}

November 11, 2006

Fancy Chrysanthemums




Like so many traditions, the art of fine Chrysanthemum growing is long forgotten in most of the world, replaced with growth-retardent hyper-pinched and fertilized monster-mums displayed in bushel baskets and then tossed into the trash like any disposable holiday decorations, the chrysanthemum has gone the way of fine English carnations, to even become lower-class supermarket plants with a status that often has no other plant lower.

This is ashame, for in Japan and China, the Chrysanthemum continues to to be an important part of the culture, with spectacular displays that continue today. In America and Europe, the lowly 'mum' has suffered a fate the few can ever pull out from. Until the twentieth Century World Wars, the Exhibition Chrysanthemum was grown for display and cut flower, and many private estates based thier entire autumn display season around these late blooming plants. The American Chrysanthemum Society, classifies Mums in categories that still reflect thier heyday, yet only one mail order supply house still carries the classic varieties (Kings Mums). Why not consider growing a ledgend, and bring back the Chrysanthemum. We did it with English Sweet Peas, but many other classic heirloom plants need to be resurected before they are gone to the compost pile forever. This includes many plants found on this blog - Scented Parma Violets, English Auricula Primroses, Japanese Chrysanthemums - one of the first plants ever cultivated by humans in China.




6 comments :

  1. Anonymous5:24 PM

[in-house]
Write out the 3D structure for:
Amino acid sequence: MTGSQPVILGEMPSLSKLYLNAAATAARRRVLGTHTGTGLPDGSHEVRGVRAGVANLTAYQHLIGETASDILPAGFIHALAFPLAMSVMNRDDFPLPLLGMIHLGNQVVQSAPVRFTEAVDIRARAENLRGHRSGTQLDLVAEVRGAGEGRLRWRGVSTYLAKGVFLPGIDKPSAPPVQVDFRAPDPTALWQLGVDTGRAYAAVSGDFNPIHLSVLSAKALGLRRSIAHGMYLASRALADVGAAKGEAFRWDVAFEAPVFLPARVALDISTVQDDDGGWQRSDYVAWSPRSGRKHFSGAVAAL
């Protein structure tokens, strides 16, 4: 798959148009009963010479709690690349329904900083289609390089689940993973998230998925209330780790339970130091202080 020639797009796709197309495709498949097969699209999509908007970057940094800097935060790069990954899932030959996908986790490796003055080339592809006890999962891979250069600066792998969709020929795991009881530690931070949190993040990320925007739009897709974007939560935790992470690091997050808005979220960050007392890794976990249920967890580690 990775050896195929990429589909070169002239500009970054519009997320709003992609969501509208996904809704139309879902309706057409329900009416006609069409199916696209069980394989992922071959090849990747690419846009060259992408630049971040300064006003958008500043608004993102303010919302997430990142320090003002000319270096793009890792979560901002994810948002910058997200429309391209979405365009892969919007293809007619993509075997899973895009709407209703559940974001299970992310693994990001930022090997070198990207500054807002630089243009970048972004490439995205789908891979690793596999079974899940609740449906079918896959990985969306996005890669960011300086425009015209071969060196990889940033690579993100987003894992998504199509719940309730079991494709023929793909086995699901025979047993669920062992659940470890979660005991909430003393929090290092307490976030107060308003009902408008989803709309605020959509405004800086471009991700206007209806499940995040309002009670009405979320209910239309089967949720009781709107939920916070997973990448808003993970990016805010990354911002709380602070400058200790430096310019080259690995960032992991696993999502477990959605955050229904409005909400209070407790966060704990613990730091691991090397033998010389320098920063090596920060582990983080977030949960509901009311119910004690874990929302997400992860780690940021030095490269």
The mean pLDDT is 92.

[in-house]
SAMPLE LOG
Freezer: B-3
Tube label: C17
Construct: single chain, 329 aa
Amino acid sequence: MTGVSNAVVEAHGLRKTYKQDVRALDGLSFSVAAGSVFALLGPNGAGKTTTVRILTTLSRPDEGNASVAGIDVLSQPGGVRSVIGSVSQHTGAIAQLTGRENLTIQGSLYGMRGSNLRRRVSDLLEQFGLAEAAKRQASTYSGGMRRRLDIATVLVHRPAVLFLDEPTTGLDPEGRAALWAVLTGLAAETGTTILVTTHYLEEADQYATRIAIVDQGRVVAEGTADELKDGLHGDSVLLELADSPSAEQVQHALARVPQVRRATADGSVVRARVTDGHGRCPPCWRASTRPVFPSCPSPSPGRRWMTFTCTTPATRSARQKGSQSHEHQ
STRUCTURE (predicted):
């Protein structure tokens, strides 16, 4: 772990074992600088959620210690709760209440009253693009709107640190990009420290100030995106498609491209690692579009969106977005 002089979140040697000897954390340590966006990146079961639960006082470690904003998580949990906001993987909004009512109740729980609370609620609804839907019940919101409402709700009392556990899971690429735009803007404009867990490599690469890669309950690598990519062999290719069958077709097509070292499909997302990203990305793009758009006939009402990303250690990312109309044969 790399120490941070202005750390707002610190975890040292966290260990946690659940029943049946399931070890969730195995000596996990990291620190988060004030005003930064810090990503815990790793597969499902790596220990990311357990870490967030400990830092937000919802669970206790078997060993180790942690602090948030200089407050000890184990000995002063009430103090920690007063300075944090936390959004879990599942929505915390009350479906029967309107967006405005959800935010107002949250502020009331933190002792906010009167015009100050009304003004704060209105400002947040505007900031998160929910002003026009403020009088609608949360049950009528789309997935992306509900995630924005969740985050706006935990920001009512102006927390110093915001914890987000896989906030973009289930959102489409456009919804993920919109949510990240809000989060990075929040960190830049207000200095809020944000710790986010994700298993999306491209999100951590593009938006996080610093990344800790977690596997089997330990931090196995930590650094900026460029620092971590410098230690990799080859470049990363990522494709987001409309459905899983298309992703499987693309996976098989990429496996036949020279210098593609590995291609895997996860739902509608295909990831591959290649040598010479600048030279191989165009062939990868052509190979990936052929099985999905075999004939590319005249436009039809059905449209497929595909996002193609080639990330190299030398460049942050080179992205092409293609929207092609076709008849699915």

You have inspired me to "try" mums! thank you.

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  2. Anonymous9:39 AM

    Matt, can you reveal some of your sources. I have been searching for heirloom mums to grow from seed for over a year, and can only find 1 or 2. Any suggestions?

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  3. Those pictures are beautiful, and yet I know they don't do them justice. I found this post while in a search to try and find a place to order Asian mums from. Just your small post here has already given me so much more information. Thank you!

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  4. Anonymous6:21 PM

    truly beautiful...beyond me why more people do not grow them...i am inspired to look into mums. i especially liked the ones with unusual bright yellow-green flowers. now, i find that there are so many more unusual looks to these magnificent mums. thank you!!!

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  5. thank you! i dont understand why more ppl do not grow these gorgeous flowers. you've inspired me as well. initially, the yellow-green flowers inspired my search...now i see there are so many more unusual ones to explore and plant! thanks!

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  6. Anonymous11:25 AM

    I think mums are just gorgeous, but can I grow the large showy variety in Michigan without bringing the plants in over winter?

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